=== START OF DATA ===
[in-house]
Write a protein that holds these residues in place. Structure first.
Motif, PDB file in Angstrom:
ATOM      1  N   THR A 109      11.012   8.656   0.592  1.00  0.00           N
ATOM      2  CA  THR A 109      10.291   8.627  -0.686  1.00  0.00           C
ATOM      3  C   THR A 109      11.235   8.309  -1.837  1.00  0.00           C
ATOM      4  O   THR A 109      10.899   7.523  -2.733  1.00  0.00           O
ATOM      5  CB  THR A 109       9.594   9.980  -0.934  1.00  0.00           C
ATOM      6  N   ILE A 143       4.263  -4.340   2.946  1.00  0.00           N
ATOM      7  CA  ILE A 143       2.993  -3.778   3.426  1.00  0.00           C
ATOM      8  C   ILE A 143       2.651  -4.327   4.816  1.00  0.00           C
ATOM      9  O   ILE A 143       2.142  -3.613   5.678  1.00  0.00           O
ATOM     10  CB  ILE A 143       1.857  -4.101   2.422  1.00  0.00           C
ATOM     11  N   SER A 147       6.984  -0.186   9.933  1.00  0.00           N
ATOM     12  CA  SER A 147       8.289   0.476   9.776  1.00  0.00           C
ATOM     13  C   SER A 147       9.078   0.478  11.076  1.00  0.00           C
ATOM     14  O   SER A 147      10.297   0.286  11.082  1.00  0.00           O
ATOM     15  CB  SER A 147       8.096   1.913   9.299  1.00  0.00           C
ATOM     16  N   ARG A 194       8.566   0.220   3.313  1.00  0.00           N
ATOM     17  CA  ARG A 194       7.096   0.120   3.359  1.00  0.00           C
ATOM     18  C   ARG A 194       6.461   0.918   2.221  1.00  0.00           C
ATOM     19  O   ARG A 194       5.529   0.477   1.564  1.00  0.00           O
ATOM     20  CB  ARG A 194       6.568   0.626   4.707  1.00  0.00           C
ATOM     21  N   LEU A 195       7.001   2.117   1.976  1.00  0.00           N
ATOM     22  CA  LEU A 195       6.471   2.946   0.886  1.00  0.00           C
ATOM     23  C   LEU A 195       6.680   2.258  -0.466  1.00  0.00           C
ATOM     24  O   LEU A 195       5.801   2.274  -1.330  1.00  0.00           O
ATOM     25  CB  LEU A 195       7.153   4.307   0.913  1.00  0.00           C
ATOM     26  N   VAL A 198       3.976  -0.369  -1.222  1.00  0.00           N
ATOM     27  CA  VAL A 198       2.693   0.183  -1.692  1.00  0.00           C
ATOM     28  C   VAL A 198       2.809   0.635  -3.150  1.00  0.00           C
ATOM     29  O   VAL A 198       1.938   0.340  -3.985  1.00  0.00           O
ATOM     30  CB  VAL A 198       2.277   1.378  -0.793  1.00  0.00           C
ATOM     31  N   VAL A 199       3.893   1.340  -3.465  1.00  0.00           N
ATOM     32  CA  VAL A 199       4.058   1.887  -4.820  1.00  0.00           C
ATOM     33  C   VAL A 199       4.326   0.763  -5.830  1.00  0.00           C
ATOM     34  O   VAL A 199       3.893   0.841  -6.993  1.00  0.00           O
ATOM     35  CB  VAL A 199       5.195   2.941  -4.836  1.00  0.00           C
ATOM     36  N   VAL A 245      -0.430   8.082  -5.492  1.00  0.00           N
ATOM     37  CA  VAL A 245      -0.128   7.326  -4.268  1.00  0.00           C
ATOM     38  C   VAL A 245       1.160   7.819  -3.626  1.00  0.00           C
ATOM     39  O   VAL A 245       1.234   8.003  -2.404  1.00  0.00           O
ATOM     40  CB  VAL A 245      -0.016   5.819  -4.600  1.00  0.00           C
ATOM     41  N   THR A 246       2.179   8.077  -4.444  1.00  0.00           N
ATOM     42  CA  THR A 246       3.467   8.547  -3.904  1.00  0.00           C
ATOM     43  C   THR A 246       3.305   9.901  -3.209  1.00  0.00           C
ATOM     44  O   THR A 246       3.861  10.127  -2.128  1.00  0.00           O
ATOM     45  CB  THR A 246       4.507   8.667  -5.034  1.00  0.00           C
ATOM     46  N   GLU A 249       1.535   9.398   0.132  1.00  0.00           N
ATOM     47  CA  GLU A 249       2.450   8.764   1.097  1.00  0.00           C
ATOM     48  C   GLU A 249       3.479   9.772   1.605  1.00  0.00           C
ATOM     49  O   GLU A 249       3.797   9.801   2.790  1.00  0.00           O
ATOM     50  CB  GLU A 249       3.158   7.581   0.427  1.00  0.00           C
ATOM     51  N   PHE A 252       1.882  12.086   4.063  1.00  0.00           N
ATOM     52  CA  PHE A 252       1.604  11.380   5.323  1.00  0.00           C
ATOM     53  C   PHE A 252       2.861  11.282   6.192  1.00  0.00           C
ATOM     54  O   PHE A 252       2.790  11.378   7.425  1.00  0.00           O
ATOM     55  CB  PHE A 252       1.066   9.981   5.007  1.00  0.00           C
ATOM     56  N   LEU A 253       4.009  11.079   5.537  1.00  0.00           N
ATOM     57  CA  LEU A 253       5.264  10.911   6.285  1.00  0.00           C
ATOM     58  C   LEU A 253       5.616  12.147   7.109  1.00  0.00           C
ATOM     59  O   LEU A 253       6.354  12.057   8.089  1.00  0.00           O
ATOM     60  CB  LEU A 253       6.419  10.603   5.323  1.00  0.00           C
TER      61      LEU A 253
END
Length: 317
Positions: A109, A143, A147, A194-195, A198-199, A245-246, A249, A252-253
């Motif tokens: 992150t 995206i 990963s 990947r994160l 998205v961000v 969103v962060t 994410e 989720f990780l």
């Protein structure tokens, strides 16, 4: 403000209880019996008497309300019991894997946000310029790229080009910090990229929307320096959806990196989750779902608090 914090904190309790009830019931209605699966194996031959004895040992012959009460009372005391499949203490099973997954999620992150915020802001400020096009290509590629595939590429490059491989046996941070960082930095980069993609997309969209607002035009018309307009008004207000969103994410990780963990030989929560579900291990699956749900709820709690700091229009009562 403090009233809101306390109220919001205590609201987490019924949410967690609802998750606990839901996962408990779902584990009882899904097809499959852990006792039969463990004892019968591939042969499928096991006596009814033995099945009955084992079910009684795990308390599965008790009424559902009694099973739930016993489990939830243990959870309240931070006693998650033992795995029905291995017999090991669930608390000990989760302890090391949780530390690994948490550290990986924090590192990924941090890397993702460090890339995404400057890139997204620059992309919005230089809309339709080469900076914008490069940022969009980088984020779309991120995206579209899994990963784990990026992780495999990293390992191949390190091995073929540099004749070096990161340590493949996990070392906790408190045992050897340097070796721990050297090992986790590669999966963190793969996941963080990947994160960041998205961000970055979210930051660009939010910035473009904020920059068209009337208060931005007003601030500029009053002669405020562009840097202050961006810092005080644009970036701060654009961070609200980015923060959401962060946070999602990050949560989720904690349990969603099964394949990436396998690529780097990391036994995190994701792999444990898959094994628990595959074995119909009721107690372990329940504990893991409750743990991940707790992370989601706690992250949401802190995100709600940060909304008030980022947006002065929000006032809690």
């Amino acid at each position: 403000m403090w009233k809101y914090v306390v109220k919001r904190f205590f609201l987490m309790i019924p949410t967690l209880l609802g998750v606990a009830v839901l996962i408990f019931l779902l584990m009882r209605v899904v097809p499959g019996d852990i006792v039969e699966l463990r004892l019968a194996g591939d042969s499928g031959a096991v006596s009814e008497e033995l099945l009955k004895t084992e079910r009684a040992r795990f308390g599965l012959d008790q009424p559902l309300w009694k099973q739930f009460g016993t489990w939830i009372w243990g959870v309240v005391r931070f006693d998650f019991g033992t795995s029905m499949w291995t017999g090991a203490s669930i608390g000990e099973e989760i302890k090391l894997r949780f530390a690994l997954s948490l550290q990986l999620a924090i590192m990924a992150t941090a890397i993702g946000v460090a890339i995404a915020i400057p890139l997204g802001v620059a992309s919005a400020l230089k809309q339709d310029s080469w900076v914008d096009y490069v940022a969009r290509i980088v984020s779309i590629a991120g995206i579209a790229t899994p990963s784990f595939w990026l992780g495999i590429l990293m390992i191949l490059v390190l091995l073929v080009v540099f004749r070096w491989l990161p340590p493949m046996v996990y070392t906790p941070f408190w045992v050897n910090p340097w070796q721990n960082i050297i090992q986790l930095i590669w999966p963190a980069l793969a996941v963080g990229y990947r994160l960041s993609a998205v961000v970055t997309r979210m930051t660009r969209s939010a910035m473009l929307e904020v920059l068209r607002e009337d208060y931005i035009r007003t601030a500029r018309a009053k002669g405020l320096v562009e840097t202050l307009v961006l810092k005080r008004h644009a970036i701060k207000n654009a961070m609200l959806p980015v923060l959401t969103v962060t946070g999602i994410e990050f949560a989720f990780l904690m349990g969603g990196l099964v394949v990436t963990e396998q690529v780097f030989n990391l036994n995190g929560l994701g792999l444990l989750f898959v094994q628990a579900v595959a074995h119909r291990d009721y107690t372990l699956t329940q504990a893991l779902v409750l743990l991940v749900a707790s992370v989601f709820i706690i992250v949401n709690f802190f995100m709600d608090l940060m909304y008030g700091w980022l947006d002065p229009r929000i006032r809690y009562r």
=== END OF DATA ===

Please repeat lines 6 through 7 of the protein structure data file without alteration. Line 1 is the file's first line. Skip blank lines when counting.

ATOM      3  C   THR A 109      11.235   8.309  -1.837  1.00  0.00           C
ATOM      4  O   THR A 109      10.899   7.523  -2.733  1.00  0.00           O